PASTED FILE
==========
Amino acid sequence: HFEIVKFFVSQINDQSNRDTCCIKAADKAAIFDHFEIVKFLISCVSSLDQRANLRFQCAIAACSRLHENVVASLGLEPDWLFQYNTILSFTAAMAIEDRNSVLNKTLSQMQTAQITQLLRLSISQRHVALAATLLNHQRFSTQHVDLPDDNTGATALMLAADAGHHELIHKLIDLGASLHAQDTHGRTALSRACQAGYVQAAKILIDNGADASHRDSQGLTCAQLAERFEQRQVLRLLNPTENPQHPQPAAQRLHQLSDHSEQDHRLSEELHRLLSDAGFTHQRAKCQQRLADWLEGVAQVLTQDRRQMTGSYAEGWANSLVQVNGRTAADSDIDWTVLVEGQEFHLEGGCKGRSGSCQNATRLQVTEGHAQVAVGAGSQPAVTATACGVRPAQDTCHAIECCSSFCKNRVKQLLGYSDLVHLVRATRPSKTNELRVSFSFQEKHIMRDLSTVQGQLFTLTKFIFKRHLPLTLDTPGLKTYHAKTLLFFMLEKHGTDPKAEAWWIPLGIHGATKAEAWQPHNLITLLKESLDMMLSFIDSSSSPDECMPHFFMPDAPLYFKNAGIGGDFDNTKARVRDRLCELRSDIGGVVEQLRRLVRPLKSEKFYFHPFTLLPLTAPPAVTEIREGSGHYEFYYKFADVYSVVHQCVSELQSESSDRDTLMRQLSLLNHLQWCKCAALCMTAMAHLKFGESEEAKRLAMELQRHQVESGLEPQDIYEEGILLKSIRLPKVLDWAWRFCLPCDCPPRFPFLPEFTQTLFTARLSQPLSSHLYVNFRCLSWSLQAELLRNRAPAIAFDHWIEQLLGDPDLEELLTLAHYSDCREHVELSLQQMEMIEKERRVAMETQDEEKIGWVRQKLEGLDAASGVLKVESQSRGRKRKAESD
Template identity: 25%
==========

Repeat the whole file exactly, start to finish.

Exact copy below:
Amino acid sequence: HFEIVKFFVSQINDQSNRDTCCIKAADKAAIFDHFEIVKFLISCVSSLDQRANLRFQCAIAACSRLHENVVASLGLEPDWLFQYNTILSFTAAMAIEDRNSVLNKTLSQMQTAQITQLLRLSISQRHVALAATLLNHQRFSTQHVDLPDDNTGATALMLAADAGHHELIHKLIDLGASLHAQDTHGRTALSRACQAGYVQAAKILIDNGADASHRDSQGLTCAQLAERFEQRQVLRLLNPTENPQHPQPAAQRLHQLSDHSEQDHRLSEELHRLLSDAGFTHQRAKCQQRLADWLEGVAQVLTQDRRQMTGSYAEGWANSLVQVNGRTAADSDIDWTVLVEGQEFHLEGGCKGRSGSCQNATRLQVTEGHAQVAVGAGSQPAVTATACGVRPAQDTCHAIECCSSFCKNRVKQLLGYSDLVHLVRATRPSKTNELRVSFSFQEKHIMRDLSTVQGQLFTLTKFIFKRHLPLTLDTPGLKTYHAKTLLFFMLEKHGTDPKAEAWWIPLGIHGATKAEAWQPHNLITLLKESLDMMLSFIDSSSSPDECMPHFFMPDAPLYFKNAGIGGDFDNTKARVRDRLCELRSDIGGVVEQLRRLVRPLKSEKFYFHPFTLLPLTAPPAVTEIREGSGHYEFYYKFADVYSVVHQCVSELQSESSDRDTLMRQLSLLNHLQWCKCAALCMTAMAHLKFGESEEAKRLAMELQRHQVESGLEPQDIYEEGILLKSIRLPKVLDWAWRFCLPCDCPPRFPFLPEFTQTLFTARLSQPLSSHLYVNFRCLSWSLQAELLRNRAPAIAFDHWIEQLLGDPDLEELLTLAHYSDCREHVELSLQQMEMIEKERRVAMETQDEEKIGWVRQKLEGLDAASGVLKVESQSRGRKRKAESD
Template identity: 25%